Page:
Source: Paul Kedrosky, Infectious Greed, April 9, 2008.
Asha Bangalore (Northern Trust): Advancing trend of import prices is bothersome
Source: Asha Bangalore, Northern Trust – Daily Global Commentary, April 11, 2008.
Asha Bangalore (Northern Trust): Employment and the housing sector
Source: Asha Bangalore, Northern Trust – Daily Global Commentary, April 7, 2008.
Asha Bangalore (Northern Trust): Existing home sales likely to post declines in the near term
Source: Asha Bangalore, Northern Trust – Daily Global Commentary, April 8, 2008.
Bloomberg: Pimco’s Gross holds most mortgage debt since 2000
“The $125.1 billion Pimco Total Return Fund had 59% of assets in mortgage debt in March, up from 52% the prior month and 23% in March 2007 … The fund’s cash position dropped to 32%, the lowest since July 2006, from 34% in February.
“Thirty-year mortgage bonds guaranteed by Fannie Mae yield 1.74 percentage points more than benchmark 10-year Treasuries. The gap has narrowed from 2.38 percentage points on March 6, the highest since 1986, as investors shunned all but the safest assets as credit markets seized up. The average spread since 2000 has been 1.22 percentage points.
“The Total Return Fund also increased derivative positions that make it short in Treasuries, meaning it will profit from declines in the securities. It held negative 18% of assets in government debt in March, the most bearish stance since at least June 2000, according to data compiled by Bloomberg News.
“‘Treasuries are the most overvalued asset in the world, bar none,’ Gross, Pimco’s chief investment officer, said on CNBC on April 4.”
Richard Russell (Dow Theory Letters): Is the market marching to a different drummer?
Source: Richard Russell, Dow Theory Letters, April 8, 2008.
Martin Spring (On Target): Is this rally a bull trap?
“The ‘sovereign welfare funds,’ as Christopher Wood, the strategist at investment bank CLSA Asia-Pacific, calls them, have already suffered the painful experience of buying into major banks because they seemed to offer cheap, once-in-a-lifetime opportunity, only to see billions of dollars of value in their investments evaporate within weeks.
“Judging by the latest estimates by financial experts, the credit crisis has a lot further to run. One study suggests that write-offs of bad debts in the US alone could reach $600 billion and knock-on effects $900 billion – enough to cut 1 to 1½ percentage points off economic growth.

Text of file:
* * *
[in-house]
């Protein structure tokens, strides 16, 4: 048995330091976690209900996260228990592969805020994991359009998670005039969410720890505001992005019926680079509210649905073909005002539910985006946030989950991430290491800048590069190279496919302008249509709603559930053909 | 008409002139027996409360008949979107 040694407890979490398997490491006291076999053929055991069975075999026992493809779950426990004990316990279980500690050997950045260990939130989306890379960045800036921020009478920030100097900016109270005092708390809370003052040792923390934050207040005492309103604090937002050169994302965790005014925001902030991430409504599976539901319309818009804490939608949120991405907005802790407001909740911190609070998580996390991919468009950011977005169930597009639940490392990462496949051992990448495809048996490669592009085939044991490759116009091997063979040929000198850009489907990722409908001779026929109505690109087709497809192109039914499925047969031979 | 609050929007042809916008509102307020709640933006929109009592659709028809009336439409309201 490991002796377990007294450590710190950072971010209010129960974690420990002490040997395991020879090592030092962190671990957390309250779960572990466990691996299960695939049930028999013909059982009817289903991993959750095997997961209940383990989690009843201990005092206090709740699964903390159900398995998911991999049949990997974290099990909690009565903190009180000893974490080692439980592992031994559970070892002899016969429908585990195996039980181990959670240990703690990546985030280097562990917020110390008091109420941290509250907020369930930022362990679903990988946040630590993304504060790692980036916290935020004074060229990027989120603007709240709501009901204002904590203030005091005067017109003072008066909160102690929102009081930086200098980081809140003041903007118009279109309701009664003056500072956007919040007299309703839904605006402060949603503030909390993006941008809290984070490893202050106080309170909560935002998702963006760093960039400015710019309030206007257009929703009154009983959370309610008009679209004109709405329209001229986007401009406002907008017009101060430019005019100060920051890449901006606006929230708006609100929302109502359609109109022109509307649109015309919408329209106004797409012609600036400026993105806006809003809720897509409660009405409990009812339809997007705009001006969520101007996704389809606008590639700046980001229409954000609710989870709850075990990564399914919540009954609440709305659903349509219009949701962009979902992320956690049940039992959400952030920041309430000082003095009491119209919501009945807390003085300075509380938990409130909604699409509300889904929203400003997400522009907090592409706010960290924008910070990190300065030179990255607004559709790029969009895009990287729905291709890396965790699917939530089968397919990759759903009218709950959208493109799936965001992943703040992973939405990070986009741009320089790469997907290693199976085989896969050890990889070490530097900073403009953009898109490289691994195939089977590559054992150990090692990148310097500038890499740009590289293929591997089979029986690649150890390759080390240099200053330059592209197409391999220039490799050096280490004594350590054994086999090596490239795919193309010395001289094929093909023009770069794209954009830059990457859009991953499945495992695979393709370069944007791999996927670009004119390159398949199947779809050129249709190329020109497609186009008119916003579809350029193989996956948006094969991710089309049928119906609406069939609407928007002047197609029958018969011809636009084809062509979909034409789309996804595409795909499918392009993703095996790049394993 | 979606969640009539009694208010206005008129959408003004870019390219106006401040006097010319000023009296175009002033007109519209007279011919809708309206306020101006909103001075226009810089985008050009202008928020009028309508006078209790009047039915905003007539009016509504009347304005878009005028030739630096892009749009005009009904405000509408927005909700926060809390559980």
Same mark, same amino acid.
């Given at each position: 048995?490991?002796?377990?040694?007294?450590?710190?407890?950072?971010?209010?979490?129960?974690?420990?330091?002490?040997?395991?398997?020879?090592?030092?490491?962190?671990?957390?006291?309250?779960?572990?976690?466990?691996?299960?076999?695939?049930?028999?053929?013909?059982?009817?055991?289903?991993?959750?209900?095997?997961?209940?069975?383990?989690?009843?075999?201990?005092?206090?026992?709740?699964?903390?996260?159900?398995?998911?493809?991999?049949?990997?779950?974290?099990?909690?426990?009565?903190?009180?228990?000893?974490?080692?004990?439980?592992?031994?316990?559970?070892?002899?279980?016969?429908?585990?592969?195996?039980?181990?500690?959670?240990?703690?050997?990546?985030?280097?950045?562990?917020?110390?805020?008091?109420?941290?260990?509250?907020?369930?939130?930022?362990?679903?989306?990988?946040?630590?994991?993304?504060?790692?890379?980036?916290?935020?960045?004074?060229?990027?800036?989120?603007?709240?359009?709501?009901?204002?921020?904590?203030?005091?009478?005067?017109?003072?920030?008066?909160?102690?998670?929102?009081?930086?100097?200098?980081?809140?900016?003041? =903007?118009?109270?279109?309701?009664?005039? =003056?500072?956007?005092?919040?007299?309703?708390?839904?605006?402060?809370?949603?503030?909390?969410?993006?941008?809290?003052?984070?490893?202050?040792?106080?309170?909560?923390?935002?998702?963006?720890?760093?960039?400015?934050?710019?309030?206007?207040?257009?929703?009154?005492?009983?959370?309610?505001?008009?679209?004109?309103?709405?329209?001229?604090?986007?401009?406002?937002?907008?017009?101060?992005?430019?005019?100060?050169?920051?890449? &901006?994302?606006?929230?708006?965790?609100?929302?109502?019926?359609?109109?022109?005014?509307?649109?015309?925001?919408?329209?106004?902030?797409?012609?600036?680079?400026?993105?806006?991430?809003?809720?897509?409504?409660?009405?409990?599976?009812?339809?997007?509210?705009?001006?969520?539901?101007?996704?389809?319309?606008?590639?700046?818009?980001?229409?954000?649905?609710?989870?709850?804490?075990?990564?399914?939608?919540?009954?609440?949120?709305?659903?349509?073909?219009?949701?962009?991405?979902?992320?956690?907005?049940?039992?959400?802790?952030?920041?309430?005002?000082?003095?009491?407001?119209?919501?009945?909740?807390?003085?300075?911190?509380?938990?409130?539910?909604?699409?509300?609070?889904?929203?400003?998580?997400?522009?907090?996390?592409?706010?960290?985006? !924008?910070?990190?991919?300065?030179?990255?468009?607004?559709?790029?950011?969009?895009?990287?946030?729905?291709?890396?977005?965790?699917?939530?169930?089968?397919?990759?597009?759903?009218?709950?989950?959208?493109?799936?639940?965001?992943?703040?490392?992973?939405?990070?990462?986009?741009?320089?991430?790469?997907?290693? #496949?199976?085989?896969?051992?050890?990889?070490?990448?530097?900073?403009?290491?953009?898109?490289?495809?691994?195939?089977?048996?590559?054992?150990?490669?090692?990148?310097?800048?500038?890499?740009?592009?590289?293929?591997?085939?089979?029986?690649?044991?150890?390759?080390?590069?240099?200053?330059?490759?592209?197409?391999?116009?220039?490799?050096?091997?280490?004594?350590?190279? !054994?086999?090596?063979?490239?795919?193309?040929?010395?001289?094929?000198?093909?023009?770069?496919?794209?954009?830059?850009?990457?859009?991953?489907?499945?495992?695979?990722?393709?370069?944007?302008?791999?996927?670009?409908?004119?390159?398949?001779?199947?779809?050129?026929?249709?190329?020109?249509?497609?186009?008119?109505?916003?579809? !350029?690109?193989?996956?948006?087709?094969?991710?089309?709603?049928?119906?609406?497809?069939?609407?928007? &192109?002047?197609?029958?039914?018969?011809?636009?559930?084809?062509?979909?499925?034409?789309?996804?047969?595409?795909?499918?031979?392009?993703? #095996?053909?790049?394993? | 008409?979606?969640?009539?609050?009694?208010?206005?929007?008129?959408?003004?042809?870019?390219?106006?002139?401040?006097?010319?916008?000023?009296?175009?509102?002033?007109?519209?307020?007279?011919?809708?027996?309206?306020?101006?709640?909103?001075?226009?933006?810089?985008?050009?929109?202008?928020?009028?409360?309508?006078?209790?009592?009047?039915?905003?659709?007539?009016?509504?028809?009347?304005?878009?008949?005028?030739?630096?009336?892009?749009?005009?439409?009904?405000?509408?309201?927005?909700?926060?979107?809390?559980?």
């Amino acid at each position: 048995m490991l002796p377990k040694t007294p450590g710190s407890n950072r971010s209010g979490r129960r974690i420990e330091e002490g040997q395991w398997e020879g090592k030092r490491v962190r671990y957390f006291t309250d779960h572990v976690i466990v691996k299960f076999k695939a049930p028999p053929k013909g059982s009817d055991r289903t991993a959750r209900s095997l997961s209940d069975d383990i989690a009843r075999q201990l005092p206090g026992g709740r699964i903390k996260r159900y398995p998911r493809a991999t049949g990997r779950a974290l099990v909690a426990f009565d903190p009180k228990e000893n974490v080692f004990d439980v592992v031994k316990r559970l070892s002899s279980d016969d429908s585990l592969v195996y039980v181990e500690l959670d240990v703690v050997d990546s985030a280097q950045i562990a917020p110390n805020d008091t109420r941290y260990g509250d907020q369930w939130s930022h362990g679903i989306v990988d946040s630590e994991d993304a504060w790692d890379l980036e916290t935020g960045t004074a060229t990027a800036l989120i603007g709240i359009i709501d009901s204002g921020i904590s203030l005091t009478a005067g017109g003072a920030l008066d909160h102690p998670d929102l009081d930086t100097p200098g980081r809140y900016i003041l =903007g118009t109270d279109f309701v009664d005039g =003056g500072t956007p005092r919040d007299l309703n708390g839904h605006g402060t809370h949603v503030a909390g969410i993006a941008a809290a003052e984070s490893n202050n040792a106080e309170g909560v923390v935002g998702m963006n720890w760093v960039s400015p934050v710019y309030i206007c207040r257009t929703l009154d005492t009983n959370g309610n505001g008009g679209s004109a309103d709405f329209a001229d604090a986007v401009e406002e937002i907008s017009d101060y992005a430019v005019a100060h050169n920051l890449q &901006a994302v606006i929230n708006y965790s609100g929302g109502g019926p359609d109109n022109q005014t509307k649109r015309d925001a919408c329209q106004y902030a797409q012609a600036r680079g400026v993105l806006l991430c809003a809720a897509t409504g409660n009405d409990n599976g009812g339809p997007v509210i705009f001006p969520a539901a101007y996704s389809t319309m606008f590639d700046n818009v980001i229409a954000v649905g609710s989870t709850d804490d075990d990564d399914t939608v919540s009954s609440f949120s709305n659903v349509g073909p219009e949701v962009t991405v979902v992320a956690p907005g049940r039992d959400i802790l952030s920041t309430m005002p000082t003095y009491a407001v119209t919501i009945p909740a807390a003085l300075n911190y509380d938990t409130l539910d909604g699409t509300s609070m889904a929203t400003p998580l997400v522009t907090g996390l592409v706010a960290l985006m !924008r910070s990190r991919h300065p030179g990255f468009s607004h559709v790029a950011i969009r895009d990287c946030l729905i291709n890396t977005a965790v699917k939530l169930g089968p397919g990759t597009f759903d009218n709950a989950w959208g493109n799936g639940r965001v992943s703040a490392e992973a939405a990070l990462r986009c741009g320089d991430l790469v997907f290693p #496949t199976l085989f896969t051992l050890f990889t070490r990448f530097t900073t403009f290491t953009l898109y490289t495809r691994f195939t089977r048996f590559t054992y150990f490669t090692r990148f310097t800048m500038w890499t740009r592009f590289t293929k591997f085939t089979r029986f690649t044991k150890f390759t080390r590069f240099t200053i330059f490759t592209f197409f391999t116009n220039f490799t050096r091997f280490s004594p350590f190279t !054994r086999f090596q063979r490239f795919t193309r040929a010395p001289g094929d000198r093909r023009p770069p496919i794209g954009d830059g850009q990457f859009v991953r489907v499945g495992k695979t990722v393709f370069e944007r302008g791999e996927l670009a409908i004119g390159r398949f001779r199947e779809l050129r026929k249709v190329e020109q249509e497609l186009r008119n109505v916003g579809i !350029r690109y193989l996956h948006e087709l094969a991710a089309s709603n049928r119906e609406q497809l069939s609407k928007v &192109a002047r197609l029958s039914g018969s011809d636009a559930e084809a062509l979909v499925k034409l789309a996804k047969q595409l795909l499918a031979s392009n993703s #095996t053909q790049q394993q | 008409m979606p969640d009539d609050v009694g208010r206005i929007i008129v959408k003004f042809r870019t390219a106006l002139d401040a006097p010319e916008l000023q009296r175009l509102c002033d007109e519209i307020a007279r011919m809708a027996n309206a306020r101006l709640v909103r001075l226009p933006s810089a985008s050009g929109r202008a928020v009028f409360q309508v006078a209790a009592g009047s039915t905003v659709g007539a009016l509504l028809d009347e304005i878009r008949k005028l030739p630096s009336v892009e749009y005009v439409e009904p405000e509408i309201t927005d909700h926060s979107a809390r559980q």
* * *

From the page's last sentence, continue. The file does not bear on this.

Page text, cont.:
“And that’s without taking into account the wider effects of falling house prices. Increasingly, borrowers who owe more than their homes are worth are just walking away from their debts. They call it ‘jingle mail’ – the borrower posts the keys to the lender. Eventually as many as 20 million American families could fall into ‘negative equity’ – having mortgage liabilities greater than the value of their houses.
“Nevertheless, it seems likely to me and some other analysts that the current bounce in the stock and credit markets and loss of upward momentum in commodities could be the start of something important. Not of new bull markets, but of a major rally in ongoing bear markets.
“In other words, a bull trap.”
Click here for the full report.
Source: Martin Spring’s On Target (via Fullermoney), April 5, 2008.
John Authers (Financial Times): Follow the money
Source: John Authers, Financial Times, April 9, 2008.
James Montier (Investors Insight): Analysts asleep at the wheel
“The chart below is … constructed by taking a linear time trend out of operating earnings and the analyst forecasts of those earnings (so the chart simply plots deviations from trend in $ per share terms).
“The chart makes is transparently obvious that analysts lag reality. They only change their minds when there is irrefutable proof they were wrong, and then only change their minds very slowly.”
Source: James Montier, Investors Insight, April 7, 2008.
BCA Research: US dollar – still down
“Large swings in the trade-weighted dollar are often a mirror image of big shifts in interest rate differentials, which in turn reflect relative economic strength between the US and the rest of the world. The US policy rate will likely continue to fall against the rest of the world, suggesting the bear market in the trade-weighted dollar is not yet over. In addition, our dollar capitulation index has shown that the market has not thrown in the towel on dollar weakness, implying it may persist for a while longer. In general, we see that 80% of the dollar’s bear market against the euro is over, and the Japanese yen has limited upside. This means that dollar weakness will most likely be concentrated in the emerging market currencies and commodity plays.”